A peace accord is not just words and signatures on paper, but rather represents a series of proposals for change. These proposals are commitments between enemies to change their relationship and require the entire nation’s engagement. Evaluating an accord is never easy. Due to the international career that I have had, I have almost always applied systemic and comparative lenses to evaluate an accord, which, indeed, is not measured by the beauty of its promises but by the quality of its implementation. One way to approach an assessment is to look at three of the Colombian accord’s key guidelines and one gap that needs to be addressed.

First, the accord places victims as a central reference point for the entire process—very important because victims in Colombia represent a plurality, and this helps to ground a more systemic approach that, in principle, overcomes the polarization that only aims to point fingers without taking responsibility. There have been important advances, especially in terms of the legal framework established to combine justice (against impunity) with the Truth Commission and its emphasis on understanding the past, learning to live together with respect, and the commitment to never repeat violence.

One positive aspect is the recent decision to extend the Truth Commission’s timeframe due to COVID. Victims appreciate and need the Commission, this national commitment to create listening and dialogue spaces in order to elucidate past patterns and acknowledge the truth. At the same time, for many victims, progress on collective reparations has lagged too far behind. And, as we know, transformation and political sincerity are seen not in words but in deeds, and the current gap requires greater efforts to re-center victims and the local territories.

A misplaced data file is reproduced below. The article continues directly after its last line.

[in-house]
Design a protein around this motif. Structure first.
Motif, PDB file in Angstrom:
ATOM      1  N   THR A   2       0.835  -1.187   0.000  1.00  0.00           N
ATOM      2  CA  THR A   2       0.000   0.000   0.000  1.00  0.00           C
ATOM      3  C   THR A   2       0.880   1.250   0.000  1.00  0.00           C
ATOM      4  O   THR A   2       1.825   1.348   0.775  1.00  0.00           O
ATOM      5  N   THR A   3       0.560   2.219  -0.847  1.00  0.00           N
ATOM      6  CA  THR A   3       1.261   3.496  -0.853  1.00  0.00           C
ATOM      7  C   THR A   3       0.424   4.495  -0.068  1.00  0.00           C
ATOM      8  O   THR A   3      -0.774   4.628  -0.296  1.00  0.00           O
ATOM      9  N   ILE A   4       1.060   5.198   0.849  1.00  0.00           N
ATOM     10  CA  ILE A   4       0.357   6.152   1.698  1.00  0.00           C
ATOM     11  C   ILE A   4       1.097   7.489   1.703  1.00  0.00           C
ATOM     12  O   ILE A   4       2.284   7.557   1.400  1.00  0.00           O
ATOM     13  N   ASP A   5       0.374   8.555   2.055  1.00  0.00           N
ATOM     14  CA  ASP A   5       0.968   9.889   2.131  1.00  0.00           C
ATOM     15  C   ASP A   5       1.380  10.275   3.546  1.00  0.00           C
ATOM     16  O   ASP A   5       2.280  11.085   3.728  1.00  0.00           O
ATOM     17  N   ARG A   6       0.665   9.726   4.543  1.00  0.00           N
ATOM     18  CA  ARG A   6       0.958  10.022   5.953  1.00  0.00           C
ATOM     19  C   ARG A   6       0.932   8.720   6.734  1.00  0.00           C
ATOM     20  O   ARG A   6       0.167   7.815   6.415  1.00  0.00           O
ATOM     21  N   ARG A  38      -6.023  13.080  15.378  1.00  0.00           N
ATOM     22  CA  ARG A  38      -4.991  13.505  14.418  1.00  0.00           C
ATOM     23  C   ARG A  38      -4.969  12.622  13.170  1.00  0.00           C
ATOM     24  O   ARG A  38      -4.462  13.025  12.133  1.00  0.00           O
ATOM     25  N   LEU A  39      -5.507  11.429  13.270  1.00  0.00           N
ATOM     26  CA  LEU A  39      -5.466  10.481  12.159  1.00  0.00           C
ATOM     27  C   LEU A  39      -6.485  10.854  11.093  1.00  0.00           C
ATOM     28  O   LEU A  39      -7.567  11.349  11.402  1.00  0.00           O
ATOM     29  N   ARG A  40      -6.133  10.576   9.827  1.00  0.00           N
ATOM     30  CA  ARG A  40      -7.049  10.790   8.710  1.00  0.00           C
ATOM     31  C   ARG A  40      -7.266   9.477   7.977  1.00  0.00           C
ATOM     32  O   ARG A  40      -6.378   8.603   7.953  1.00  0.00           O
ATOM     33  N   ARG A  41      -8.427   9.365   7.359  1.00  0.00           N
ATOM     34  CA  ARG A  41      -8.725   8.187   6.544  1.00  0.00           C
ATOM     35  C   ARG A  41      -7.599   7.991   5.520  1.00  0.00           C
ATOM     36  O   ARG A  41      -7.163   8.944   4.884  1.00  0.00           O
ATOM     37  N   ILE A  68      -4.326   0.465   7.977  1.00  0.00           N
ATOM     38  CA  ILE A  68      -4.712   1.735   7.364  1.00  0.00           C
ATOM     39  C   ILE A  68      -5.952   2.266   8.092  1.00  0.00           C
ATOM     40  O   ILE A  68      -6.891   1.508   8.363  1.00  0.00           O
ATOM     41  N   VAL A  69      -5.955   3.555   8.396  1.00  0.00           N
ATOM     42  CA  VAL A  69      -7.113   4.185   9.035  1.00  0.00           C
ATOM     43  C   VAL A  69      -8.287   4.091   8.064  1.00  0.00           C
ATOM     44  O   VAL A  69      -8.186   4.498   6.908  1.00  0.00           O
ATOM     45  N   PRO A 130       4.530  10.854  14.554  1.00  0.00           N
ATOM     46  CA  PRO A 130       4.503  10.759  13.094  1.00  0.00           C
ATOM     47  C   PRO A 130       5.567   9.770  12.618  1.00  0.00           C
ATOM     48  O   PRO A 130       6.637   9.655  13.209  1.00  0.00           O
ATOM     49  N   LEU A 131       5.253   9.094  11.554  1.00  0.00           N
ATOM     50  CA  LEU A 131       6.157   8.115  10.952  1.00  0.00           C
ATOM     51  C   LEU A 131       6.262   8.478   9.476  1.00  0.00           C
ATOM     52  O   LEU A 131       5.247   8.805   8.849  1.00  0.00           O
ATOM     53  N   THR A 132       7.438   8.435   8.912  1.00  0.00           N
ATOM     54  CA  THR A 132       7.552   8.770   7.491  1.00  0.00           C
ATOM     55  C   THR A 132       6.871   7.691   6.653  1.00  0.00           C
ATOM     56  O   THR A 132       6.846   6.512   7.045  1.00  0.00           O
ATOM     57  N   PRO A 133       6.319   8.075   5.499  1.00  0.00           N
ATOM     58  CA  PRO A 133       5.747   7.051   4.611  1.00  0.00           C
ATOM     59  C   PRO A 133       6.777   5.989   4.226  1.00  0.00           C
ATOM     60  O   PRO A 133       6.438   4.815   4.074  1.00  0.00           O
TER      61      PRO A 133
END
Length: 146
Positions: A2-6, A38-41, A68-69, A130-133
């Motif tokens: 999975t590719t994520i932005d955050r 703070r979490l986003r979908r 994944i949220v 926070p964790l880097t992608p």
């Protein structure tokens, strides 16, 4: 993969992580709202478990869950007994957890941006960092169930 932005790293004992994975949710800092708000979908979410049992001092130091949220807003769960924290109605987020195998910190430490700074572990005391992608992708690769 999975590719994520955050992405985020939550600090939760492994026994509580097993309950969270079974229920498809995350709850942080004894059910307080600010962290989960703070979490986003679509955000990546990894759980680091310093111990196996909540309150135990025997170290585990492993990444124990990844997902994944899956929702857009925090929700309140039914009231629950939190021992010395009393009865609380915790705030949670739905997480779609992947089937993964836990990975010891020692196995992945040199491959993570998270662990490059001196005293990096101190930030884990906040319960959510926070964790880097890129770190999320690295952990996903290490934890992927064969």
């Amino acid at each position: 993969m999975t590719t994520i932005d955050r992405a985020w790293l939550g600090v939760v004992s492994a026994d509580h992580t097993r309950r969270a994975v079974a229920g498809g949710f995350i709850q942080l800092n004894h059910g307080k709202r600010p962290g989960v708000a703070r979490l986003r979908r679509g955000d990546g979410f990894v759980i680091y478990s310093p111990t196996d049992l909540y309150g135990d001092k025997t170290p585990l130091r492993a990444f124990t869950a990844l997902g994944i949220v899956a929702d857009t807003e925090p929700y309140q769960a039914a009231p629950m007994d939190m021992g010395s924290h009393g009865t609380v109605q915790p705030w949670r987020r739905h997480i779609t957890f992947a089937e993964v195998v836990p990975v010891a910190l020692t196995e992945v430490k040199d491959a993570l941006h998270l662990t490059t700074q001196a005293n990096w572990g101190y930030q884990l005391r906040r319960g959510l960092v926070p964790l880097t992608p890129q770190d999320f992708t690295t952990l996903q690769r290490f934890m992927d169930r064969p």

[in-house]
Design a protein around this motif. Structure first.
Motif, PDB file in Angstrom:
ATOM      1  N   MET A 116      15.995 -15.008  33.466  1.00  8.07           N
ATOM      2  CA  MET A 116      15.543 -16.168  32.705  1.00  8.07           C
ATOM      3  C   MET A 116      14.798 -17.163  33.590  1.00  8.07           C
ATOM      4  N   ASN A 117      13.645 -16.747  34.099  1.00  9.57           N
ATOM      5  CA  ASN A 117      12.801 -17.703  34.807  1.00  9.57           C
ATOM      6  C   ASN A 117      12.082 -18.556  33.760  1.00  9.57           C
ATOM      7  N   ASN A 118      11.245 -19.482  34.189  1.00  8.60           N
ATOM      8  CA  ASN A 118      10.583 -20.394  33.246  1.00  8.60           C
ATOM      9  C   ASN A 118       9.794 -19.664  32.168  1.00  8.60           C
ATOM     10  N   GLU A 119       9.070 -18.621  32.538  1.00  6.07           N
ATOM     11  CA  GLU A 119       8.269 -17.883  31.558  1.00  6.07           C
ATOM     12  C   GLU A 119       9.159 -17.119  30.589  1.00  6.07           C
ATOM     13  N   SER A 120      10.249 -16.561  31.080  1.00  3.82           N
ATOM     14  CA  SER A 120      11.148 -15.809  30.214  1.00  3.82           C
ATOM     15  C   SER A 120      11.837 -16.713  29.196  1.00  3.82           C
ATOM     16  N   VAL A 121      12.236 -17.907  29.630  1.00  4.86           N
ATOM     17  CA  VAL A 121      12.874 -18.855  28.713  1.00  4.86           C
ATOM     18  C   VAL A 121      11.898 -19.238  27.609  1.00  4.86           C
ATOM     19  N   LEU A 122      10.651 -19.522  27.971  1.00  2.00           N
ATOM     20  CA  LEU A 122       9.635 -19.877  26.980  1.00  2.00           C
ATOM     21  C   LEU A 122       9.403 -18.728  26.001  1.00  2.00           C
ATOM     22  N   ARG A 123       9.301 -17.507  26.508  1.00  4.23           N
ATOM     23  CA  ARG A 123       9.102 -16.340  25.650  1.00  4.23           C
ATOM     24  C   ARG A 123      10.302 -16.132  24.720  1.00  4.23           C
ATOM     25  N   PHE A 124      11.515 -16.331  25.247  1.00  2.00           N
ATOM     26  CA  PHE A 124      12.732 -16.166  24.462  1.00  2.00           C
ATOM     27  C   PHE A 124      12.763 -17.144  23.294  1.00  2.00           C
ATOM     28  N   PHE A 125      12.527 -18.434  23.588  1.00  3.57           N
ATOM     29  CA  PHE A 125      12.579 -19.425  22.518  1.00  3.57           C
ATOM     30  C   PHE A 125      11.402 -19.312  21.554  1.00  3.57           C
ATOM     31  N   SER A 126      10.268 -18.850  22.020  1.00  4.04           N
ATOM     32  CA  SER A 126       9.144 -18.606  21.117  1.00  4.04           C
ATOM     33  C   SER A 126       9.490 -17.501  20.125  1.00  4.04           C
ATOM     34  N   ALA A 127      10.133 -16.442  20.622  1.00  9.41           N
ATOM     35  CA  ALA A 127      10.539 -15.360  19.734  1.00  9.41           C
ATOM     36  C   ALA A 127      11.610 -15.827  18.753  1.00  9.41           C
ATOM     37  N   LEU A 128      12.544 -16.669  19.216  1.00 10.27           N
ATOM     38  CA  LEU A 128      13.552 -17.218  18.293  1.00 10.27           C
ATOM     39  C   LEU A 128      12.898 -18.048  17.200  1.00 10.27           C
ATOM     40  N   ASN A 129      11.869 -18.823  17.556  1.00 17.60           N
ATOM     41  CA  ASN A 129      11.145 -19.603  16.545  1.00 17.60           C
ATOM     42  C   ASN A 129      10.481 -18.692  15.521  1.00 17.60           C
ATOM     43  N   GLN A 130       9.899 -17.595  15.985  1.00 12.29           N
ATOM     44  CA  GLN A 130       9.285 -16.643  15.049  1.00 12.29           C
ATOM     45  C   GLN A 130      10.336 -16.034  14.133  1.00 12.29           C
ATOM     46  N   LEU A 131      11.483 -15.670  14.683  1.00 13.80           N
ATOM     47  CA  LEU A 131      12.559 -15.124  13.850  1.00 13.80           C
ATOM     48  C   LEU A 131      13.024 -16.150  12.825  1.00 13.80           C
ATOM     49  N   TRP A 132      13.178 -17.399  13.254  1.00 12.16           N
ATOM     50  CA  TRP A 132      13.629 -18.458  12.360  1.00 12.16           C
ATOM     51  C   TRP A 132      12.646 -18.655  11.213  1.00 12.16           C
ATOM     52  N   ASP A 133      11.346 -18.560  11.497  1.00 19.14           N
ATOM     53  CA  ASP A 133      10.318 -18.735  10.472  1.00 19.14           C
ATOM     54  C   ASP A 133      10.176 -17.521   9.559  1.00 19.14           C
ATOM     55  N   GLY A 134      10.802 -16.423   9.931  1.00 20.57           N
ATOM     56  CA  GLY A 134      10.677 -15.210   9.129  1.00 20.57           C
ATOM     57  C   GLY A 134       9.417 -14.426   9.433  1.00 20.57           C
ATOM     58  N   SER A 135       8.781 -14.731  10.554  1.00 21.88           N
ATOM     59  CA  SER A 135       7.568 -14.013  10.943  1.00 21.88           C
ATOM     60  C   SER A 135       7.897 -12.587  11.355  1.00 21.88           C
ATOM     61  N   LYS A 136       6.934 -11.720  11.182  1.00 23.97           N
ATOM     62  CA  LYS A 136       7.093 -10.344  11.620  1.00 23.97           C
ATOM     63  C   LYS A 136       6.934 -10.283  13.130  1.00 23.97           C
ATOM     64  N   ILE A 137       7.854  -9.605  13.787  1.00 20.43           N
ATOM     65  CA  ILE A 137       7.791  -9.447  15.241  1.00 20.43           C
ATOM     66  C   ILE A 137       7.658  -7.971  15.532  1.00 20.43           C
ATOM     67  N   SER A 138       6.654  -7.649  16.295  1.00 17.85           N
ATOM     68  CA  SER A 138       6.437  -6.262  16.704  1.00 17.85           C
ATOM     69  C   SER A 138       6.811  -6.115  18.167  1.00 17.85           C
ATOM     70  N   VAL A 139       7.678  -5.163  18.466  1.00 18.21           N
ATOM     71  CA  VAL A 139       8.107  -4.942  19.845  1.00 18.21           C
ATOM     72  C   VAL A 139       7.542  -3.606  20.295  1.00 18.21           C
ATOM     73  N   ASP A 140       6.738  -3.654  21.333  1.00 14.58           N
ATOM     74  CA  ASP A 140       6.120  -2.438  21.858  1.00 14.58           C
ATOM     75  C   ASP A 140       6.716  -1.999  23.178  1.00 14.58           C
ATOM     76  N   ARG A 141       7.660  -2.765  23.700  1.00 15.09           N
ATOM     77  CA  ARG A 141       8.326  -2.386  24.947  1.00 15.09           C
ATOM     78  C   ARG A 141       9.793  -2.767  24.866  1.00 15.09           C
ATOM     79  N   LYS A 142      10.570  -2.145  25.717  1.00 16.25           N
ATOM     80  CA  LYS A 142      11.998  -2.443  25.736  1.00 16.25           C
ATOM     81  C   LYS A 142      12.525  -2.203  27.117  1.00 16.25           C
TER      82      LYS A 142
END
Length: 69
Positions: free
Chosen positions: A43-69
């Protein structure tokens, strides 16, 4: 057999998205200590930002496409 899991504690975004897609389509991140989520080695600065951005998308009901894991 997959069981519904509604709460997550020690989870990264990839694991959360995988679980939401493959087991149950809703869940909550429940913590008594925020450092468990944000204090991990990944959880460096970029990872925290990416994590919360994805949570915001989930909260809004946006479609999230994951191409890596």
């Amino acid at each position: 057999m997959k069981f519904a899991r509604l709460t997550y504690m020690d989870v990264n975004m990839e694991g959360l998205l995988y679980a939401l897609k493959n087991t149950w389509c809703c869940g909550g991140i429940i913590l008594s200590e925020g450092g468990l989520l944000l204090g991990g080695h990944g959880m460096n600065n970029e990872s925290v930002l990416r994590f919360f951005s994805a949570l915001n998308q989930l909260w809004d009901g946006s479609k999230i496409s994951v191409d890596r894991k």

Second, the accord laid out a redefinition of power relations; this is key, especially with and from the perspective of the territories most impacted by violence in order to increase participation and confront patterns of exclusion and discrimination against historically marginalized populations.

Progress has been made in fostering territorial participation through the Development Programs with a Territorial Focus (PDETs, for their Spanish acronym). The main complaint remains that participation is much more than a consultation. It entails a culture change in public policy to open up greater transparency and ongoing dialogue, and to increase diverse voices and shift power in priority-setting and decision-making processes in and with the territories. The great proposals for agrarian transformation, which go hand in hand with collective reparations, have seen limited implementation so far. And perhaps the most concerning piece is the dismal progress on commitments regarding respect for Indigenous and Afro-descendant peoples’ rights and their protection, as well as taking seriously the commitment to a cross-cutting gender-based perspective.